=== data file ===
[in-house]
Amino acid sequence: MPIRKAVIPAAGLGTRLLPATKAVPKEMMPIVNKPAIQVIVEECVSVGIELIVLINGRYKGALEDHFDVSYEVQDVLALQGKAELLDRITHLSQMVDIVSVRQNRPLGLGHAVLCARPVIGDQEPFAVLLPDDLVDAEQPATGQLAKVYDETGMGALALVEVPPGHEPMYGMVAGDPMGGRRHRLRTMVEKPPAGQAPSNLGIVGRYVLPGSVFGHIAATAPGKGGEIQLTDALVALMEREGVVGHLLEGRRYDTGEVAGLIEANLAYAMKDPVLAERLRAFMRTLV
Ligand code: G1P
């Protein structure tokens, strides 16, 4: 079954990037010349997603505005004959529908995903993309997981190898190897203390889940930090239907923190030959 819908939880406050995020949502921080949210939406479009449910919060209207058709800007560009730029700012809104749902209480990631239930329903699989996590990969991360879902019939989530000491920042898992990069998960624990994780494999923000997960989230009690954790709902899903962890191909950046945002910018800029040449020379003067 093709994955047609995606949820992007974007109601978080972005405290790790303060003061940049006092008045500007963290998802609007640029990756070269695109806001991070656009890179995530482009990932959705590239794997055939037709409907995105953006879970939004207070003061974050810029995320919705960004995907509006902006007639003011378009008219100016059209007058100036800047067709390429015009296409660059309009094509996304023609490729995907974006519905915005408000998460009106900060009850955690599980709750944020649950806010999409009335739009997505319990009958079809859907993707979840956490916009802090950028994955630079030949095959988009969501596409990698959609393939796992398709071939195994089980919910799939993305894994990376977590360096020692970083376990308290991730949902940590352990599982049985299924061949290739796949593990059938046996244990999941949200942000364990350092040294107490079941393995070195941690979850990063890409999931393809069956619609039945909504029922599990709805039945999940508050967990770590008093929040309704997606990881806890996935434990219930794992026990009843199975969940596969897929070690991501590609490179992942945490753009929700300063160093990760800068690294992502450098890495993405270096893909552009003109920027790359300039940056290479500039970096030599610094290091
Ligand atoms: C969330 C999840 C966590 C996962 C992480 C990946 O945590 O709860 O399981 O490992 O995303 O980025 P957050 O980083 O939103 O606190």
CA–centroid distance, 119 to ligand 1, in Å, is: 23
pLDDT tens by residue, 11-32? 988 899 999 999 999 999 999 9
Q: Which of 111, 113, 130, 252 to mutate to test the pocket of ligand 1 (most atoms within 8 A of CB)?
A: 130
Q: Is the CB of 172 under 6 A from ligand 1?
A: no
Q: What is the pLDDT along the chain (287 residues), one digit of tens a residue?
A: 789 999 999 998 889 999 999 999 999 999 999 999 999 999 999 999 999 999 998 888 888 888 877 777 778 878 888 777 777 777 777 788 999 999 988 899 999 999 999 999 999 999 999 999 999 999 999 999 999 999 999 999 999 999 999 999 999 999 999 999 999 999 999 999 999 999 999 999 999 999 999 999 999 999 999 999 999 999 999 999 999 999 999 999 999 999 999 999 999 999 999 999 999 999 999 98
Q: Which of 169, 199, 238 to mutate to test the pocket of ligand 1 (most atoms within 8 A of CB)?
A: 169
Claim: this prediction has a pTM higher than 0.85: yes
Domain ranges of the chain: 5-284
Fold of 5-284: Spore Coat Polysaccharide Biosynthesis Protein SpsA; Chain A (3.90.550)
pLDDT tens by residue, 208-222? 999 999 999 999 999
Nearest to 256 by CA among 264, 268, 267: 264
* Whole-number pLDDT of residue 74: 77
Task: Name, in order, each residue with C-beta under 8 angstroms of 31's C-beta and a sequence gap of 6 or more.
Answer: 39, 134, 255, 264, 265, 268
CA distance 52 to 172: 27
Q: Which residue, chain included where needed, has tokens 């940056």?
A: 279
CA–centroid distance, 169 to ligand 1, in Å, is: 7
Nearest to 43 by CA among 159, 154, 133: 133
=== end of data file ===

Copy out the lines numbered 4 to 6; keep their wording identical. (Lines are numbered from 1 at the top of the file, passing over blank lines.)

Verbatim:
């Protein structure tokens, strides 16, 4: 079954990037010349997603505005004959529908995903993309997981190898190897203390889940930090239907923190030959 819908939880406050995020949502921080949210939406479009449910919060209207058709800007560009730029700012809104749902209480990631239930329903699989996590990969991360879902019939989530000491920042898992990069998960624990994780494999923000997960989230009690954790709902899903962890191909950046945002910018800029040449020379003067 093709994955047609995606949820992007974007109601978080972005405290790790303060003061940049006092008045500007963290998802609007640029990756070269695109806001991070656009890179995530482009990932959705590239794997055939037709409907995105953006879970939004207070003061974050810029995320919705960004995907509006902006007639003011378009008219100016059209007058100036800047067709390429015009296409660059309009094509996304023609490729995907974006519905915005408000998460009106900060009850955690599980709750944020649950806010999409009335739009997505319990009958079809859907993707979840956490916009802090950028994955630079030949095959988009969501596409990698959609393939796992398709071939195994089980919910799939993305894994990376977590360096020692970083376990308290991730949902940590352990599982049985299924061949290739796949593990059938046996244990999941949200942000364990350092040294107490079941393995070195941690979850990063890409999931393809069956619609039945909504029922599990709805039945999940508050967990770590008093929040309704997606990881806890996935434990219930794992026990009843199975969940596969897929070690991501590609490179992942945490753009929700300063160093990760800068690294992502450098890495993405270096893909552009003109920027790359300039940056290479500039970096030599610094290091
Ligand atoms: C969330 C999840 C966590 C996962 C992480 C990946 O945590 O709860 O399981 O490992 O995303 O980025 P957050 O980083 O939103 O606190």
CA–centroid distance, 119 to ligand 1, in Å, is: 23